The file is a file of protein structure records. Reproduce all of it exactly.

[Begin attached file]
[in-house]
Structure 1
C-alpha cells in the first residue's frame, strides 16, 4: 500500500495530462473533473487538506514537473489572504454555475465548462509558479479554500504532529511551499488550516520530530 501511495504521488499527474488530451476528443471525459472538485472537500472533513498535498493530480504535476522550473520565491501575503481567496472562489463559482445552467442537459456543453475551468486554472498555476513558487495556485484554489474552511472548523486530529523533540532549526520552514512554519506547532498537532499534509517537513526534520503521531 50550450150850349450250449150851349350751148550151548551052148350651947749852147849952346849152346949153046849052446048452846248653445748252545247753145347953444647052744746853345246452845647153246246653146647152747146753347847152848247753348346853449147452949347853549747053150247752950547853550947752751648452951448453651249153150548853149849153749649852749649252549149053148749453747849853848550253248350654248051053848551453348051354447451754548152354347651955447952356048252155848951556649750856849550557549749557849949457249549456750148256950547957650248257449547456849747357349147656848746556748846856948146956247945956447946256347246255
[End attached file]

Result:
[in-house]
Structure 1
C-alpha cells in the first residue's frame, strides 16, 4: 500500500495530462473533473487538506514537473489572504454555475465548462509558479479554500504532529511551499488550516520530530 501511495504521488499527474488530451476528443471525459472538485472537500472533513498535498493530480504535476522550473520565491501575503481567496472562489463559482445552467442537459456543453475551468486554472498555476513558487495556485484554489474552511472548523486530529523533540532549526520552514512554519506547532498537532499534509517537513526534520503521531 50550450150850349450250449150851349350751148550151548551052148350651947749852147849952346849152346949153046849052446048452846248653445748252545247753145347953444647052744746853345246452845647153246246653146647152747146753347847152848247753348346853449147452949347853549747053150247752950547853550947752751648452951448453651249153150548853149849153749649852749649252549149053148749453747849853848550253248350654248051053848551453348051354447451754548152354347651955447952356048252155848951556649750856849550557549749557849949457249549456750148256950547957650248257449547456849747357349147656848746556748846856948146956247945956447946256347246255